Chronological Placement Considerations: We're going to allow a little time for Dr. Strange to put together the spell that he casts on his brother at the beginning of next issue.
Continuity Insert? N
My Reprint: N/A
Inbound References (5): showBaron Blood (Victor Strange), Dr. Strange, Imei Chang, Morbius, Morgana Blessing, Rintrah, Sara Wolfe, Wong
FNORD - Regarding that first scan, I guess you haven't heard about the "Popeye" diet. But, clearly Morgana has.
Posted by: clyde | October 23, 2014 4:25 PM
This isn't the last time something like this happens with Roy Thomas- Bobbi and Clint wind up on the outs again because Roy didn't read Avengers Spotlight 25- but at least Roy comes up with an explanation for the discrepancy in issue 15.
Posted by: Michael | October 23, 2014 9:41 PM
Again unfair standards on Roy Thomas. I never read this series but based on the scans you show here it shows Roy can write anything even Vertigo type stories
Posted by: Rob G | October 24, 2014 12:31 AM
Any particular reason why Dr. Strange is going out in public half-naked to fight vampires?
Also, what is up with Rintrah's pose in that ass-shot panel? He looks like he's doing squats or something.
Posted by: dermie | October 24, 2014 3:26 PM
Dr. Strange rushed out of the house when he heard the message from Victor; that's why he's shirtless.
Posted by: fnord12 | October 24, 2014 3:39 PM
Amazing Heroes #141(mid-May 1988) announced an Eternals story by Roy & Dann Thomas for Marvel Comics Presents, but I don't know if it ever happened.
Posted by: Mark Drummond | November 24, 2014 11:02 AM
It became an Eternals one-shot around 1991. Around the time Nicieza's Soviet-Super Soldiers one-shot appeared: I assume it too was originally intended for MCP circa '89 or '90.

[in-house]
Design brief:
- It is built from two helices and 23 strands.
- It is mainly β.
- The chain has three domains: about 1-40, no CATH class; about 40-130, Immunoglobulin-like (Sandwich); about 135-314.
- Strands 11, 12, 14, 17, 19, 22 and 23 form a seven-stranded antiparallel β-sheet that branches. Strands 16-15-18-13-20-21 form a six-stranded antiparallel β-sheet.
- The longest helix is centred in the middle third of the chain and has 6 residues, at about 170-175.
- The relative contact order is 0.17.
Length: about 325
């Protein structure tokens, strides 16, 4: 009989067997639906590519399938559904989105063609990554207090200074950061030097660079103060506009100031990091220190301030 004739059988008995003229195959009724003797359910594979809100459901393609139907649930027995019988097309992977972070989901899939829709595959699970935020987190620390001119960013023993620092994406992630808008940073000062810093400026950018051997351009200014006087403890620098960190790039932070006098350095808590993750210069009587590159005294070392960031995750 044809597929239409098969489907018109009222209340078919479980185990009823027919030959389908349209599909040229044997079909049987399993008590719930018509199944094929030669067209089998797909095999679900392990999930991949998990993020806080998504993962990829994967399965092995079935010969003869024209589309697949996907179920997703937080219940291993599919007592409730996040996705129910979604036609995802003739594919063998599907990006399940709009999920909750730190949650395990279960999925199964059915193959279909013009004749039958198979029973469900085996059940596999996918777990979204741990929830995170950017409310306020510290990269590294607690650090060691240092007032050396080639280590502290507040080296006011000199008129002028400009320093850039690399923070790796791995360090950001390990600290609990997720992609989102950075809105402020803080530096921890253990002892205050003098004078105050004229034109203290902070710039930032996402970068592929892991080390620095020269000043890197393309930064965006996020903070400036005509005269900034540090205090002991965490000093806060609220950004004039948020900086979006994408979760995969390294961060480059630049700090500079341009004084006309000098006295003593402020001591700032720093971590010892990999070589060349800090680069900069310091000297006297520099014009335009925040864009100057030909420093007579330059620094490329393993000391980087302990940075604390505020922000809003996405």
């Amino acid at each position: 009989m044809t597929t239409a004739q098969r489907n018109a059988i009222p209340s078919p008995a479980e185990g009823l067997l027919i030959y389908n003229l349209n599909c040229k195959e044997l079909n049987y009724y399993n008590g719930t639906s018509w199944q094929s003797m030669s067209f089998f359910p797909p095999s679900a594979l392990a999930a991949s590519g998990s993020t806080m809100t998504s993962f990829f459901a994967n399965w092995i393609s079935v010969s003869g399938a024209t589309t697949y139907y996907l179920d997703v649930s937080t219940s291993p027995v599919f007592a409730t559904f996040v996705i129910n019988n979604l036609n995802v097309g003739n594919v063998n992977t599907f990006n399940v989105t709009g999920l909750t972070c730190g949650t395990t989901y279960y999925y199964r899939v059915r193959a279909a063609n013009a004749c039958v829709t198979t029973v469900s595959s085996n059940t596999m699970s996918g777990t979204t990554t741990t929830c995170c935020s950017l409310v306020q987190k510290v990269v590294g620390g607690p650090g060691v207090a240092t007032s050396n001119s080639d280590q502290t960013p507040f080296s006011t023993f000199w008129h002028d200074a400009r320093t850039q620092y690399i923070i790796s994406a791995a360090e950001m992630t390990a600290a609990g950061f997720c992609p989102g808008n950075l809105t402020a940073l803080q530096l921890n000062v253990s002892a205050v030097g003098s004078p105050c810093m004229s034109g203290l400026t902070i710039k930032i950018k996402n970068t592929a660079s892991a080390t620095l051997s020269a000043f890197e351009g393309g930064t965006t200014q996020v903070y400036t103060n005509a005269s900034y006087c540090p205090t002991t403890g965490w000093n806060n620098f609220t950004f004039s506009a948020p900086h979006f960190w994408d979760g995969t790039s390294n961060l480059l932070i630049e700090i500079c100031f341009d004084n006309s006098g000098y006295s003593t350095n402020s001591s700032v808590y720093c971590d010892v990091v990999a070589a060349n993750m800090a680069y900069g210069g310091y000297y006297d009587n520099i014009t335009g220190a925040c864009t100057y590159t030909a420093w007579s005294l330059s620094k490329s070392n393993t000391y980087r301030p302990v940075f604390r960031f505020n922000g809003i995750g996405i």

Posted by: Walter Lawson | November 24, 2014 6:04 PM
Those one shots show why it wouldn't be a good idea to reprint Panther's Quest in a trade- the cliffhanger-every-eight-pages is very awkward in a oneshot.
Posted by: Michael | November 24, 2014 8:12 PM
It's sorta odd that Roy Thomas gives a specific length of time, ten years, since Doctor Strange's brother died, and that this took place back when Strange was still a selfish physician. Going by that, it means that Strange had his auto accident, descended into alcoholism, found the Ancient One, trained with him, became a master of the mystic arts, and had all of his adventures all within the space of less than a decade.
I rather prefer the approach that other writers have utilized, that Strange is actually much older than he appears, and that he was already active as Earth's mystical protector before the Fantastic Four made their debut.
I personally find that it's appropriate to have as many of those Strange Tales stories actually be set in the 1960s as possible. It makes sense, since in his very first appearance in Strange Tales #110, Doc is already well-enough known for people to be seeking him out for help, and he refers to Nightmare as his "ancient foe" meaning that they've been enemies for a long time.
So the ten year timeframe Thomas establishes here really does not work.
Posted by: Ben Herman | June 12, 2016 11:35 AM